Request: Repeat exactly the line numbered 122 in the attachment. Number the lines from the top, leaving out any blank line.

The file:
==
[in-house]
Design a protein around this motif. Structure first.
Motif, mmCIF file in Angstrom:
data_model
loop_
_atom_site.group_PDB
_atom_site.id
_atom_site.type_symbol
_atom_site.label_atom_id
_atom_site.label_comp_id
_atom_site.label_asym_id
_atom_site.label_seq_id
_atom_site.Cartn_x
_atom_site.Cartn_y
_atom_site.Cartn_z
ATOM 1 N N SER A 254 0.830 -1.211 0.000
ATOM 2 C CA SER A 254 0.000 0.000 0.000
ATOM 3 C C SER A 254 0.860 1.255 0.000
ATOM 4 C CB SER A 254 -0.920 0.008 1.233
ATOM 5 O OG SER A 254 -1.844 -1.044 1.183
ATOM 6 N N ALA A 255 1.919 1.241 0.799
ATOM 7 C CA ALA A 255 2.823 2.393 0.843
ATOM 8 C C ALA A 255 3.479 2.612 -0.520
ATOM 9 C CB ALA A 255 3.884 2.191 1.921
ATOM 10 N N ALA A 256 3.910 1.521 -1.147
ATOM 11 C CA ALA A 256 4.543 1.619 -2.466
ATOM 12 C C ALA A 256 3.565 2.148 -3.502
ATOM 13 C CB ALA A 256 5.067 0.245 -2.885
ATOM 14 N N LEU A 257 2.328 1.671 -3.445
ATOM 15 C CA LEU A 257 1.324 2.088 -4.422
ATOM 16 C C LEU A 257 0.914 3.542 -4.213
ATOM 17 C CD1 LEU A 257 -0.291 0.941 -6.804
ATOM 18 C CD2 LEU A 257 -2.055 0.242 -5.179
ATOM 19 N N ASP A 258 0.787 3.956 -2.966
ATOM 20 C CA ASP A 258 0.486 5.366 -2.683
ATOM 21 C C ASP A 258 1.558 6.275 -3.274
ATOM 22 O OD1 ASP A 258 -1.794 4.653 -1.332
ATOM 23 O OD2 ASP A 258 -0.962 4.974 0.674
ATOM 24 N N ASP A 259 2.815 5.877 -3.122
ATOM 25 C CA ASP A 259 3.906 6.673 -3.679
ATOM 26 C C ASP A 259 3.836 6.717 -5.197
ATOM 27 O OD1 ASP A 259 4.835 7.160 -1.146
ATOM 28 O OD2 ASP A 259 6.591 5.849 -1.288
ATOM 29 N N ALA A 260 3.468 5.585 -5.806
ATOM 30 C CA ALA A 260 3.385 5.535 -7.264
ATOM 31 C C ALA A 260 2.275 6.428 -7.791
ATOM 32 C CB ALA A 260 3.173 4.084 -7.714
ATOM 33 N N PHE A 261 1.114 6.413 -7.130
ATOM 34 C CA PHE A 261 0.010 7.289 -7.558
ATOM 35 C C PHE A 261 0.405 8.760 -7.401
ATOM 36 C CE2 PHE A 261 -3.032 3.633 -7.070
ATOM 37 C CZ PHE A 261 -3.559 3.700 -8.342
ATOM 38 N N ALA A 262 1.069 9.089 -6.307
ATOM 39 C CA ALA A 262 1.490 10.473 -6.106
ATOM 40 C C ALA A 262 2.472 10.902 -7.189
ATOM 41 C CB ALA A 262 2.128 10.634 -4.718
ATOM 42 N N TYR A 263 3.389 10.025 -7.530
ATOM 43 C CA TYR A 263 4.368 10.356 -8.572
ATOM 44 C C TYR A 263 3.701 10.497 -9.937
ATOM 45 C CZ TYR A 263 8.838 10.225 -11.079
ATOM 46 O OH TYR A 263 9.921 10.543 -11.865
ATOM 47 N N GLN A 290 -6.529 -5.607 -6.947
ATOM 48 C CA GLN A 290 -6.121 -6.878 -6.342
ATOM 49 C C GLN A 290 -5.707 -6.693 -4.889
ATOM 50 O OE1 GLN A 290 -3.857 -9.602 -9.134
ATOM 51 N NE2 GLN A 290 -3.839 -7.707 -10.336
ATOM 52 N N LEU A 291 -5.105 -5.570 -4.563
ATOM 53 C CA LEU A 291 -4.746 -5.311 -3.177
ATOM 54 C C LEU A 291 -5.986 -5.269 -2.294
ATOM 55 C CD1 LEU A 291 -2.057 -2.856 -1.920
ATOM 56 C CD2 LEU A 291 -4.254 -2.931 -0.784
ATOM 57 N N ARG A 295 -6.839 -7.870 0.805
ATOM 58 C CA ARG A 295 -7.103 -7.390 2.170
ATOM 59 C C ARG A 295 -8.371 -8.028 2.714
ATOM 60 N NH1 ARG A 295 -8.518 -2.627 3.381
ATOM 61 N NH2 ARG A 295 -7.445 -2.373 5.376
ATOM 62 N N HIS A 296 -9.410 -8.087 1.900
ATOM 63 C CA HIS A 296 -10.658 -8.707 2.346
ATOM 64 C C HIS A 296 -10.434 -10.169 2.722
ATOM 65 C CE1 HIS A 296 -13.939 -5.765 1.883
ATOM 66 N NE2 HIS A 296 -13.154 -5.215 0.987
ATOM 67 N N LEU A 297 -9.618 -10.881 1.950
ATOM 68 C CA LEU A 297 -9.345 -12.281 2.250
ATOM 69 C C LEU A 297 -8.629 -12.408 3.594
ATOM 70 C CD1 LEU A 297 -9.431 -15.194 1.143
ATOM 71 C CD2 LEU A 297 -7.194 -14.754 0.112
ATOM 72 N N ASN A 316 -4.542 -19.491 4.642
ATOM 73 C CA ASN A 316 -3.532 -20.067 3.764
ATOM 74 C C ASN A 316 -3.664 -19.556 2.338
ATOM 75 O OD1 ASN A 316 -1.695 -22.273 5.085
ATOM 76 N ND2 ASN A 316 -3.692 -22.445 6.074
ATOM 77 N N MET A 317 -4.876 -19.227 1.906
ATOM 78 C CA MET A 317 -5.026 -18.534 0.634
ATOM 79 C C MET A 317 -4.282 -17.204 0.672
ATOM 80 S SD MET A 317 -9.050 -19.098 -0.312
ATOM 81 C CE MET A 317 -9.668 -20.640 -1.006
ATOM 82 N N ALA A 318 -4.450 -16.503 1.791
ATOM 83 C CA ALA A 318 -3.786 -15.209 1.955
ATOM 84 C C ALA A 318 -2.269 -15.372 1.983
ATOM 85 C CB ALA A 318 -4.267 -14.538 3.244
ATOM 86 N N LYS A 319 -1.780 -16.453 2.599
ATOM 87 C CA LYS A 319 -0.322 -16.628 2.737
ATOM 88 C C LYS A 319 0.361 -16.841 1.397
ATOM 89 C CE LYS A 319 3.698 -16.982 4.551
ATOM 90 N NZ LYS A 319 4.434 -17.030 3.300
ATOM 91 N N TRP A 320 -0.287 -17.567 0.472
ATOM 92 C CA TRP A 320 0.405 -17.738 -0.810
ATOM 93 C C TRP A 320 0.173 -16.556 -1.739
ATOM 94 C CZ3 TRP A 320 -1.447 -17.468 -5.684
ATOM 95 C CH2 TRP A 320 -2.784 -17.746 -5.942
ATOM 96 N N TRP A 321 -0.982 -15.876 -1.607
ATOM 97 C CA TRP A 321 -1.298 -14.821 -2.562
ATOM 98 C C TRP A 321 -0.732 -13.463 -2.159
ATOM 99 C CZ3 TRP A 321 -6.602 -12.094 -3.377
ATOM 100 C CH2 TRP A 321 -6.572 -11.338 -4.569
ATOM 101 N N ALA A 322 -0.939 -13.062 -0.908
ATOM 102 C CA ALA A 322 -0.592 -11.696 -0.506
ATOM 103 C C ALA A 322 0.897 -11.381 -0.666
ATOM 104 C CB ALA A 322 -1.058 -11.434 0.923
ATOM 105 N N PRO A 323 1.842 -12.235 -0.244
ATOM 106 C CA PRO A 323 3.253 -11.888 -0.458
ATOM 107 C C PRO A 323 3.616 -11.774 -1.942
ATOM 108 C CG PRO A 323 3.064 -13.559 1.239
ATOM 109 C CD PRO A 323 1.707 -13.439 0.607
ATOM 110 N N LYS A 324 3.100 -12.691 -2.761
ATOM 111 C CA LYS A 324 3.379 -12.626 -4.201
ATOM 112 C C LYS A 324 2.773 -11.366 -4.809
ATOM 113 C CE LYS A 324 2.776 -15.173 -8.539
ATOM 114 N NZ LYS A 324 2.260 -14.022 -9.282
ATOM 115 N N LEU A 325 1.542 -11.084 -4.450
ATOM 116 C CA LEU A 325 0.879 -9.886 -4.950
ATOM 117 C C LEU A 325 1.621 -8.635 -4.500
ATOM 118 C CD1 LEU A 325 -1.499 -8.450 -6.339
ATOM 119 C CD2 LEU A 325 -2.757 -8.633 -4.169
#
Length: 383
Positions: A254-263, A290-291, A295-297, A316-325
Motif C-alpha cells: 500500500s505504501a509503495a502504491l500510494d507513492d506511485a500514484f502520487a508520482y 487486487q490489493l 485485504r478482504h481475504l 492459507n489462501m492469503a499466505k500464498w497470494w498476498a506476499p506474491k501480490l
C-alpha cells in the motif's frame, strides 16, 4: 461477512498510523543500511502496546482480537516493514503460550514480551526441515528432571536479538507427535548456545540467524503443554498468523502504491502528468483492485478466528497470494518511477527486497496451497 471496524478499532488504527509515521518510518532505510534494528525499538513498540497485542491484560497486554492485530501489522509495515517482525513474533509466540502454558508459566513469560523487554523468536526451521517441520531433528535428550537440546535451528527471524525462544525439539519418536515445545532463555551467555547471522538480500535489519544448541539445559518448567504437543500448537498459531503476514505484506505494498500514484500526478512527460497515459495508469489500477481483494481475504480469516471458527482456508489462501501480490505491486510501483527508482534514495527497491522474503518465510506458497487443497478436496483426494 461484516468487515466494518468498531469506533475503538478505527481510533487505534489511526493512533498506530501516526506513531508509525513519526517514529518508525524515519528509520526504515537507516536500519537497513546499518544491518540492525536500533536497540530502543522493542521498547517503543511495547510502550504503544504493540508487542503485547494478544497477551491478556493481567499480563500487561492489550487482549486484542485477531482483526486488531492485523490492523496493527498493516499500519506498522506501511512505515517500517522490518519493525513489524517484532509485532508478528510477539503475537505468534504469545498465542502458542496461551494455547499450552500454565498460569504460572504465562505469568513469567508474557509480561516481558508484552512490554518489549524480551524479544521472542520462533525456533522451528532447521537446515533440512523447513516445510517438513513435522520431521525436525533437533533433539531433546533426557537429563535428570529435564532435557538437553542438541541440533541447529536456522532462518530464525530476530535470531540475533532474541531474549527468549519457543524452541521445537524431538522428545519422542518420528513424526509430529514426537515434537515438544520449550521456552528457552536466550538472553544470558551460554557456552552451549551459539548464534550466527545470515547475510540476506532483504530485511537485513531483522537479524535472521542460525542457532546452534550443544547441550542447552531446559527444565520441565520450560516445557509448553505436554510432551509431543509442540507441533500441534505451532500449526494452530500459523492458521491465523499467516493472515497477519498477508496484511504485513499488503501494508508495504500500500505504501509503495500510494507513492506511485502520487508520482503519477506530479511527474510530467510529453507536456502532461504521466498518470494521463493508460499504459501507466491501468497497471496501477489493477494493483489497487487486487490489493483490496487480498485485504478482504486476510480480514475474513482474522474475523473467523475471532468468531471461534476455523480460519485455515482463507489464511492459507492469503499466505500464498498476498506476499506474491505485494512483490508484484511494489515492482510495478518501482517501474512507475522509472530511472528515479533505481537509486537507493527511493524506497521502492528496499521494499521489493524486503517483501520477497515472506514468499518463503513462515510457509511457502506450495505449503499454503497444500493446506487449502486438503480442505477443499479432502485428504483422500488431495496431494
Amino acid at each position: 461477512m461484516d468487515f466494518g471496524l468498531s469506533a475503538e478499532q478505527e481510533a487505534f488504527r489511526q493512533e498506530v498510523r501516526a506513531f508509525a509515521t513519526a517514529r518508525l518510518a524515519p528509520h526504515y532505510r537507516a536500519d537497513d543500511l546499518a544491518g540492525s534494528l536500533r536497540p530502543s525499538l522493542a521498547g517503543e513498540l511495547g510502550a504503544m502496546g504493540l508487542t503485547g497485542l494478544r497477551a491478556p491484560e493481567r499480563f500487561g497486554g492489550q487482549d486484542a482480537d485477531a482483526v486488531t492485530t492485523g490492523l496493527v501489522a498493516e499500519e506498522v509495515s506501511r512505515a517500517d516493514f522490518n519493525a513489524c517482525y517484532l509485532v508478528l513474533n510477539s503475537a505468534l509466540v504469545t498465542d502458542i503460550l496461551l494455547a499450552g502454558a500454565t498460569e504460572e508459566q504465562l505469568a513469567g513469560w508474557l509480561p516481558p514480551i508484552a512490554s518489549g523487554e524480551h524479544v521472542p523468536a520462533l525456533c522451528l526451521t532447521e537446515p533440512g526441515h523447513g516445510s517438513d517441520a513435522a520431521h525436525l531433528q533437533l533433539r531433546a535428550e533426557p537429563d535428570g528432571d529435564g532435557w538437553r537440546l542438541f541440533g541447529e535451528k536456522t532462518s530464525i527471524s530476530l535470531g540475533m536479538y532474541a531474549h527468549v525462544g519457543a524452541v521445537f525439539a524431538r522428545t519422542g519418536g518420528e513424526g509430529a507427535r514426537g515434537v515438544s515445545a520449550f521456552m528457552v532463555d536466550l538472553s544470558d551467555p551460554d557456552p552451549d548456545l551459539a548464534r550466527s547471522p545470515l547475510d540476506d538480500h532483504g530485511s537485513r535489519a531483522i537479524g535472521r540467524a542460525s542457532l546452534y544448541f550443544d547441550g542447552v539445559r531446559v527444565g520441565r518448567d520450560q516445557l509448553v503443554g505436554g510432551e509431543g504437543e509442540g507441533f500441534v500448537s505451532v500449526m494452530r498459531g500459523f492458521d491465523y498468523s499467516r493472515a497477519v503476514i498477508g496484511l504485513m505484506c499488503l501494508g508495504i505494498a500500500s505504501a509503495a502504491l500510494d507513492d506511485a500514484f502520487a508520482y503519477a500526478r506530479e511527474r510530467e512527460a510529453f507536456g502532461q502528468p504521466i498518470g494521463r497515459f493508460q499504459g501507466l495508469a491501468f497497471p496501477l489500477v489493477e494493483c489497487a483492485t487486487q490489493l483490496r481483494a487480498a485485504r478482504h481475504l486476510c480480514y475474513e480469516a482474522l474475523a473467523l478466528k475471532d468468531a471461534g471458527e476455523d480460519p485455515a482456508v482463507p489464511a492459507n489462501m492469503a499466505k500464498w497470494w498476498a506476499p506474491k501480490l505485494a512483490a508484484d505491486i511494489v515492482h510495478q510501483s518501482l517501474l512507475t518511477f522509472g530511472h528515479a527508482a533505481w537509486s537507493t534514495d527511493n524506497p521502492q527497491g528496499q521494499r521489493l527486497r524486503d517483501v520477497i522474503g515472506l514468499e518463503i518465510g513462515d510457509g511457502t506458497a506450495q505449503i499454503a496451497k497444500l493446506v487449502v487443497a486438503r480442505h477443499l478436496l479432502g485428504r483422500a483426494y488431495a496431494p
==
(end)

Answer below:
ATOM 107 C C PRO A 323 3.616 -11.774 -1.942